Movie Review: The Water Diviner – An Unforgettable Movie Made with Skill and Focus.

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I was kind of dreading the second period drama of the week, The Water Diviner, as the first left a bad taste in my mouth. Add in the fact that I just don’t like Russel Crowe and I expected to be miserable. But really, this was actually pretty well done.

The Water Diviner stars Russel Crowe as Joshua Connor, an Australian farmer with a special skill. He’s great at being able to find water deep underground, using only a stick and his instincts. He’s living a lonely life, as his three sons went off to war in Turkey and never came home. So Connor decides to use his gift for finding things to see if he can find the remains of his sons and bring them home.

Crowe is breaking into directing with this movie and I have to say, he has a gift for it. This is a complicated movie, with multiple venues and several underlying plotlines. But Crowe has a natural gift for pacing and manages to make it all work together to tell a seamless story.

Particularly impressive is that this was filmed on a limited budget, but still manages to look epic and big budget. That might have been due to getting gifted cinematographer Andrew Lesnue, who shot “The Hobbit” and “Lord of the Rings” on board for the filming. He managed to catch the endless blue skies of Australia, all the way to the claustrophobic battle scenes of Gallipoli, with the unique ability to capture all the moving parts while presenting a full picture at the same time.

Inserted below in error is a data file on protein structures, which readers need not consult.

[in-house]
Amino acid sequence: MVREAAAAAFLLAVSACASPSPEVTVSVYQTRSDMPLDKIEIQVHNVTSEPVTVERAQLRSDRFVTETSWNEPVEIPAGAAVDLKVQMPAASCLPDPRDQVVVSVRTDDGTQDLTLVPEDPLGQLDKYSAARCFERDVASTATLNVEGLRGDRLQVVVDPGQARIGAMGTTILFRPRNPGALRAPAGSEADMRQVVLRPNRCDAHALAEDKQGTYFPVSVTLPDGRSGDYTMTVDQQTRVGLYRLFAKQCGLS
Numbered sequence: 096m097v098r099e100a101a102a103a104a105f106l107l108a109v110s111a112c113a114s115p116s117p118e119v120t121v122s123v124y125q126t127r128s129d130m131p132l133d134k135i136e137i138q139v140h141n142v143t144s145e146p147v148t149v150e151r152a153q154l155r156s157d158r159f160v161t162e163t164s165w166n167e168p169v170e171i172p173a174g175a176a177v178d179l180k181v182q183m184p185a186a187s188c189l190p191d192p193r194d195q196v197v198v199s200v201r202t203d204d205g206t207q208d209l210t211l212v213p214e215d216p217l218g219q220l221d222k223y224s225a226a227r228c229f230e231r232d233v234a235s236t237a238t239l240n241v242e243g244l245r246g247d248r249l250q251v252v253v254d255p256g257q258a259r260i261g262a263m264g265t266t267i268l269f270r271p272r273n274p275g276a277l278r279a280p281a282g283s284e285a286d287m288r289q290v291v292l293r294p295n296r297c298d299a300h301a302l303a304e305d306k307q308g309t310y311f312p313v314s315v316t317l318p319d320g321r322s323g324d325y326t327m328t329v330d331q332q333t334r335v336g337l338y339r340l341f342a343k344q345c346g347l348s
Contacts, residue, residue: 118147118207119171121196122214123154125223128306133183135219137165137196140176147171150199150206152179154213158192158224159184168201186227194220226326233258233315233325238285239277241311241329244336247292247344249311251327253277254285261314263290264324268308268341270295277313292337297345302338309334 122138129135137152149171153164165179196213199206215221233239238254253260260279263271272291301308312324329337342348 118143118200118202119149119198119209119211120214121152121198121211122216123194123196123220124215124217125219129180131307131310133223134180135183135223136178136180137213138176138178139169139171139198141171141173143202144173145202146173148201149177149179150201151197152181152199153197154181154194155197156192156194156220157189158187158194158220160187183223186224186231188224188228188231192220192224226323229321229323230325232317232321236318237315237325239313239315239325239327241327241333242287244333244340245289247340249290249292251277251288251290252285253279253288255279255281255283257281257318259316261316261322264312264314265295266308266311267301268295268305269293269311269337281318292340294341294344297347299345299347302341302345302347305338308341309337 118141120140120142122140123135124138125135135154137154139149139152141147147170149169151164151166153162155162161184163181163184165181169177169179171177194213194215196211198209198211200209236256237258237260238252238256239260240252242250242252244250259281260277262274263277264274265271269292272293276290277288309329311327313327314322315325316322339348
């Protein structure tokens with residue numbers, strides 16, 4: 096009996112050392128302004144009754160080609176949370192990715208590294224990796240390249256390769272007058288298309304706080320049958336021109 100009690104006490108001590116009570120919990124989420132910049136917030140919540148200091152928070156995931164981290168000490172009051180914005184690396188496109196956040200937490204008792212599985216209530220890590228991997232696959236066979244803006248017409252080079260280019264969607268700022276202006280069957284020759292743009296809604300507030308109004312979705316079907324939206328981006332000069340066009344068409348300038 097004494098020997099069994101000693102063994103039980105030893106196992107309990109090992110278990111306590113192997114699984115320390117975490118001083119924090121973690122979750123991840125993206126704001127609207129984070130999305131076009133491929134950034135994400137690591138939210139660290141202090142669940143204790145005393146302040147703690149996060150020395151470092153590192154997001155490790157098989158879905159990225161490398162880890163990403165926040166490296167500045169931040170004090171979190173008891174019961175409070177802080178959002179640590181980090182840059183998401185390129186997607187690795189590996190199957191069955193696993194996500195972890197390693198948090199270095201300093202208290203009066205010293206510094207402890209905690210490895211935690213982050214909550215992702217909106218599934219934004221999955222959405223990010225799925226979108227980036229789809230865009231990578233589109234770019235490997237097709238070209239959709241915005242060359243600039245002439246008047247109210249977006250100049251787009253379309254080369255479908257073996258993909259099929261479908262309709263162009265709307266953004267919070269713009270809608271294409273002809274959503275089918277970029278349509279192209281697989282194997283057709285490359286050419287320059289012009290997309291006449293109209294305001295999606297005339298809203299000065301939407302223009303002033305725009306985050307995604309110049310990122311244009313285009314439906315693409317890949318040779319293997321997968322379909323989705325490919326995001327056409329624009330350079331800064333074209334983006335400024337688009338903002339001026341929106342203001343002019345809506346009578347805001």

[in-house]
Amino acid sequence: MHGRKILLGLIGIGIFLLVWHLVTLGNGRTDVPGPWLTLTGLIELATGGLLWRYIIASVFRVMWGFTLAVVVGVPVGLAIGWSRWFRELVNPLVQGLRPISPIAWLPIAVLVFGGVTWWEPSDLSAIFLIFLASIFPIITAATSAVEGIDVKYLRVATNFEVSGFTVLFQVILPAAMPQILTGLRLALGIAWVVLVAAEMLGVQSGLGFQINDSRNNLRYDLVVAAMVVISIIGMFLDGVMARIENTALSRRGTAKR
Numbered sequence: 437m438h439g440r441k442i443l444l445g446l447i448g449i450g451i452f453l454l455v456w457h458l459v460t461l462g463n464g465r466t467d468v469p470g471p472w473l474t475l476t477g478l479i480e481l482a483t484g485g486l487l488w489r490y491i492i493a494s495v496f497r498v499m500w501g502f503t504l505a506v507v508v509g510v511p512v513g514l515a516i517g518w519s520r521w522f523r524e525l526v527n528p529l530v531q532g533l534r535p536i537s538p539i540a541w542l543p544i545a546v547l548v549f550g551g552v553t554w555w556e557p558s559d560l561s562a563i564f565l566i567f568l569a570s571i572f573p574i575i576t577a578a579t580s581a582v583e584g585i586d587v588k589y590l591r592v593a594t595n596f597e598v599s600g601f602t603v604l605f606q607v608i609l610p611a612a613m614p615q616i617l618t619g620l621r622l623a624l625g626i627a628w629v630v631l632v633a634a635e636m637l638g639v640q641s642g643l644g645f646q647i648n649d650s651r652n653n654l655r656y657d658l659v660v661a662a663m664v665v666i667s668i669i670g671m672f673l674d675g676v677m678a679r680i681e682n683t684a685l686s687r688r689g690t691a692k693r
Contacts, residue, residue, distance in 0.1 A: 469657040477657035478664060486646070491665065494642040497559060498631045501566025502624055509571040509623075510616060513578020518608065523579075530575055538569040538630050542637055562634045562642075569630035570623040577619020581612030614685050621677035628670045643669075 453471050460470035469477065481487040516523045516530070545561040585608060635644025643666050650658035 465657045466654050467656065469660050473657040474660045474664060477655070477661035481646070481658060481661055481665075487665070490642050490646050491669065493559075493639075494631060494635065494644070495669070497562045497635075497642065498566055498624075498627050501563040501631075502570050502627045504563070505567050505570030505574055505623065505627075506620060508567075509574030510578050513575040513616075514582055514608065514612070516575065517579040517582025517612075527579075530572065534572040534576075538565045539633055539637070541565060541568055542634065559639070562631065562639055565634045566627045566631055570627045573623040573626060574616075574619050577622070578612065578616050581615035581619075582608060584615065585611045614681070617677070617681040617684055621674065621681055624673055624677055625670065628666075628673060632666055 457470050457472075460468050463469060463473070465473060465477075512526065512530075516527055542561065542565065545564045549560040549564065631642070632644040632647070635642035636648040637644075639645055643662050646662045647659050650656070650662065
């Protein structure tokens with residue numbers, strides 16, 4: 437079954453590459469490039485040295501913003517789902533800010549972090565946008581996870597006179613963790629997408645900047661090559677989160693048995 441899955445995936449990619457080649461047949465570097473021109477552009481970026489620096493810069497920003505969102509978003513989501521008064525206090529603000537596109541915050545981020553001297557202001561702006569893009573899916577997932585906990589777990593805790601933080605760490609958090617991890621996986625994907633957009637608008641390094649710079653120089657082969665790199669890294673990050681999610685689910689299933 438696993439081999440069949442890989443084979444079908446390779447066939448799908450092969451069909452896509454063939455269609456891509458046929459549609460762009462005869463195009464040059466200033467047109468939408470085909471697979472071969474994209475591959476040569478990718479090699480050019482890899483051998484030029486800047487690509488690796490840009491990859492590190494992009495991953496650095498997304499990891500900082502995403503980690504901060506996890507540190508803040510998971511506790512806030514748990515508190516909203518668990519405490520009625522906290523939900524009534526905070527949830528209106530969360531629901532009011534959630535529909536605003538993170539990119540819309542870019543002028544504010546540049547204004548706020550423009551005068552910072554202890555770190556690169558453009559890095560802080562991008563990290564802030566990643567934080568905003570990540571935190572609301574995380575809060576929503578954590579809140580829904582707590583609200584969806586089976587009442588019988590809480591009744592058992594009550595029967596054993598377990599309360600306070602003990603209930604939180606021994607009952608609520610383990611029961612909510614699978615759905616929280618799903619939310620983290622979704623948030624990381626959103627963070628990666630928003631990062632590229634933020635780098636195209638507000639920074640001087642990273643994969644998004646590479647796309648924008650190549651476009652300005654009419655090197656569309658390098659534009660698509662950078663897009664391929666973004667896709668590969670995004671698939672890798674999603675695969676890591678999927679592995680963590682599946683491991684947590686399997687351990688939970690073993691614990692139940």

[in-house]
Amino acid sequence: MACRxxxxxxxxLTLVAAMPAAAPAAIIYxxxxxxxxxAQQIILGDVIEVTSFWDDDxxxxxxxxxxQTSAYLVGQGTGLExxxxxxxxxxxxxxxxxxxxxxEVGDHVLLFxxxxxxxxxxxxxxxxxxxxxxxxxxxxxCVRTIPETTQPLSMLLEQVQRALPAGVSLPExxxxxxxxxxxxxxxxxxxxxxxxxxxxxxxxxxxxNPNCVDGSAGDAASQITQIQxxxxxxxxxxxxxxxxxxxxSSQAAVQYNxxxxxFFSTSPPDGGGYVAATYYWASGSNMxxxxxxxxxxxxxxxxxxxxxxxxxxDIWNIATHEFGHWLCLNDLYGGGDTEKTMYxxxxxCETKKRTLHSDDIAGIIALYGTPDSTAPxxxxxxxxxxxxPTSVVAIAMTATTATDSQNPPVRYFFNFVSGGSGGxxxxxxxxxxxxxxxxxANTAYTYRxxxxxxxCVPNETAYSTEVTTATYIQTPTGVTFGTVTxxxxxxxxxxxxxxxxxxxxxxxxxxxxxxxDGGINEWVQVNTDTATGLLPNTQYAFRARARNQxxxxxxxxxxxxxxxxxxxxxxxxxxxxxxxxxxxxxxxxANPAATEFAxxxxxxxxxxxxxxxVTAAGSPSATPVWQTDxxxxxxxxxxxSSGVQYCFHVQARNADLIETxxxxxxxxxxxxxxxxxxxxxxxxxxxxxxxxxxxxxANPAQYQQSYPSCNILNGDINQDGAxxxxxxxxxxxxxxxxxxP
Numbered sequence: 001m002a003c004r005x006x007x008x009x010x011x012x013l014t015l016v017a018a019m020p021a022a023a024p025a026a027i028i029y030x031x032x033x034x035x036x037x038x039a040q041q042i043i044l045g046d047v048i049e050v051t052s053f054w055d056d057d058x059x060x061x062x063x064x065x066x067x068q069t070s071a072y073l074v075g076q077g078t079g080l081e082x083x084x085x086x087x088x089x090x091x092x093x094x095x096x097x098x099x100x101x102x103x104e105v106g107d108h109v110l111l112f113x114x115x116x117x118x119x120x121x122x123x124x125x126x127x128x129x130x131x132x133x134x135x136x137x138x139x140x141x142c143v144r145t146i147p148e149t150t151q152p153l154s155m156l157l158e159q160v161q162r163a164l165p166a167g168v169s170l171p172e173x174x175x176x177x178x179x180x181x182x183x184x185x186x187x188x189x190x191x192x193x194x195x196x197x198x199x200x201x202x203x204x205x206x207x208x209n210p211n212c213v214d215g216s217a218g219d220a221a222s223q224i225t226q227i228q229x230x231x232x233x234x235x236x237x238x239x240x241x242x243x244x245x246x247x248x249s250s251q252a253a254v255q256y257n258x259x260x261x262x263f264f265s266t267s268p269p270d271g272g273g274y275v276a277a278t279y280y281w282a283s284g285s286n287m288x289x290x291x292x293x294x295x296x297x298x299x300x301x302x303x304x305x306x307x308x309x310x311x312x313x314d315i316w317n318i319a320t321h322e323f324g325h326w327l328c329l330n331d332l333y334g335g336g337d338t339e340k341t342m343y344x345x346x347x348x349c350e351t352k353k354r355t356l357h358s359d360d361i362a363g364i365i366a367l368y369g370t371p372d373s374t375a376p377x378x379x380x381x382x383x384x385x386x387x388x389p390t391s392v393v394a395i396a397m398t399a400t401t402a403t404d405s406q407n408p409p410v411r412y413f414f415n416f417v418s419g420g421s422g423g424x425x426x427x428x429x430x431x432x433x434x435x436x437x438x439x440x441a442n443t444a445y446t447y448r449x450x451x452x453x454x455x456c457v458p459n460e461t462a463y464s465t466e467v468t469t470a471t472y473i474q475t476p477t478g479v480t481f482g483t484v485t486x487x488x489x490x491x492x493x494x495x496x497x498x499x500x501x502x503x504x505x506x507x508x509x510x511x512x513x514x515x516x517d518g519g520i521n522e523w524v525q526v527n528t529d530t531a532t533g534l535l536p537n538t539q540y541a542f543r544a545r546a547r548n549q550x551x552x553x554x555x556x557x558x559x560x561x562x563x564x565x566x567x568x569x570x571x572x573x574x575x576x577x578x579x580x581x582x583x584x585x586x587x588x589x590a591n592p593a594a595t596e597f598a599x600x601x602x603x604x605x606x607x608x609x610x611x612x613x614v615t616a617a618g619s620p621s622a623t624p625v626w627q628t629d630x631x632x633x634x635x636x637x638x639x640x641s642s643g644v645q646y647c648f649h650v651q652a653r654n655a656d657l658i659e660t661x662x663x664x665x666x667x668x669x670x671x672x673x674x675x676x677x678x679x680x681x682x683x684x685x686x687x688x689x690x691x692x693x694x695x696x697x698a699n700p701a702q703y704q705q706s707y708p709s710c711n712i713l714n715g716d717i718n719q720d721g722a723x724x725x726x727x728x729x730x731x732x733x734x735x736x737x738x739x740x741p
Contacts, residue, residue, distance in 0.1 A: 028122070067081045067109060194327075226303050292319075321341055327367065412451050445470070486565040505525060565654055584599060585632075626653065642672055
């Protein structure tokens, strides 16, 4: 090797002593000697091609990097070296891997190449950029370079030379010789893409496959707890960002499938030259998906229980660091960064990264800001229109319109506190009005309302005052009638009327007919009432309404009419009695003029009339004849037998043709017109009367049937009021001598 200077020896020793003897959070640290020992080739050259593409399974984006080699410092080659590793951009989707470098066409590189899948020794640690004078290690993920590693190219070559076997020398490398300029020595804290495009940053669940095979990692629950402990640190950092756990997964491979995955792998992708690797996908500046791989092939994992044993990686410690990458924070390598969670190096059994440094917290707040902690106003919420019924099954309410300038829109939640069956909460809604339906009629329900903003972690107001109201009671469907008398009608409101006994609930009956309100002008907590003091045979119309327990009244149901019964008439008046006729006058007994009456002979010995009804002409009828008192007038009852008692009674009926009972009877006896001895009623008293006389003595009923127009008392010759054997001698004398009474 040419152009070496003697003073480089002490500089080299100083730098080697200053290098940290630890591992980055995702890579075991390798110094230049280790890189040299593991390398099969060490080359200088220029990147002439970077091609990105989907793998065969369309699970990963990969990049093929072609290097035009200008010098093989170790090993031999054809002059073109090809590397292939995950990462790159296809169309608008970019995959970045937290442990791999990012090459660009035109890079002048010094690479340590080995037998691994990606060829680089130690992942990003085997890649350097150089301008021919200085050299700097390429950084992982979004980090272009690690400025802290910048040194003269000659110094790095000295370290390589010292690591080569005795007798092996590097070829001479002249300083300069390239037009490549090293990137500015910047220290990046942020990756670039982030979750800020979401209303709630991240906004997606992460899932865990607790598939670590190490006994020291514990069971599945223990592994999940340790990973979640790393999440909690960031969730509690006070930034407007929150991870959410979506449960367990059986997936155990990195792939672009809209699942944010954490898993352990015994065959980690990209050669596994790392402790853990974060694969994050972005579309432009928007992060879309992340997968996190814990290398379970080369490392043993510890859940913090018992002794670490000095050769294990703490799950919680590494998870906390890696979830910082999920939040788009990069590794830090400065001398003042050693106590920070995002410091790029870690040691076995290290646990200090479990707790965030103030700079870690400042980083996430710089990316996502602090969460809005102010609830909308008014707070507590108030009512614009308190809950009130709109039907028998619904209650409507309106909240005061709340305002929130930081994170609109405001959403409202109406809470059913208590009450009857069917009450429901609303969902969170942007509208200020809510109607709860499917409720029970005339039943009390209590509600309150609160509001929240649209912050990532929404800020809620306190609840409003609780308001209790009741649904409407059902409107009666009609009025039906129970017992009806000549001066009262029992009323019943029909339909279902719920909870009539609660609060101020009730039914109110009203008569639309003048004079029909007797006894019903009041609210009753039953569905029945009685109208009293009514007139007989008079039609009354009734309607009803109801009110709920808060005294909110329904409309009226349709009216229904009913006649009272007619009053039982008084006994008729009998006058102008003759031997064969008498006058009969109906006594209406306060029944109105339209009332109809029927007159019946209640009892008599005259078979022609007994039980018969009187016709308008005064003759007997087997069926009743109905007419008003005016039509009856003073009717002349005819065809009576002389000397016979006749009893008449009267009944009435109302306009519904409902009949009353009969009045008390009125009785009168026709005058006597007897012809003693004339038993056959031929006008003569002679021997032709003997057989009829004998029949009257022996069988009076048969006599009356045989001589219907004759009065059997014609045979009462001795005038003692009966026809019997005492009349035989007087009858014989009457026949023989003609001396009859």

Crowe was buyable as an Australian Farmer, on a quest that defies reason. He’s particularly poignant in his scenes with Turkish Major Hasan (Yilmaz Erdogan), a Major from the opposite side who’s been tasked with identifying countless remains. The dynamic between the two of them is incredible. They are one part adversaries and one part compatriots at the same time. Both of them play their parts as multifaceted, fully realized individuals and you can hate nor like neither one. They both have their reason for behaving the ways they do.

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This is an unforgettable movie made with skill and focus. While the storyline is simple, the complexity of the scenery, direction and characters themselves make it a cut above most of the movies out there right now.

The only problem I see with this film is getting it to appeal to a wider audience. It’s a fantastic film that has been crippled with limited release. What Crowe was able to do on a limited budget is amazing, but I only wish he’d put a little money aside for marketing. This is a gem that could easily be missed because of the lack of distribution.

There’s very little I can say was poorly done in this movie. Even Crowe’s sometimes stagnant stoicism seems to work. The minor characters are all fleshed out and the war is viewed from realistic point of view, rather than as simple hell, or over the top patriotism. It’s a film that strikes the right balance and is easily worth the watch.

Official Movie Trailer and Movie Poster Below.

WE GIVE IT: 4.5 STARS!
four and a half stars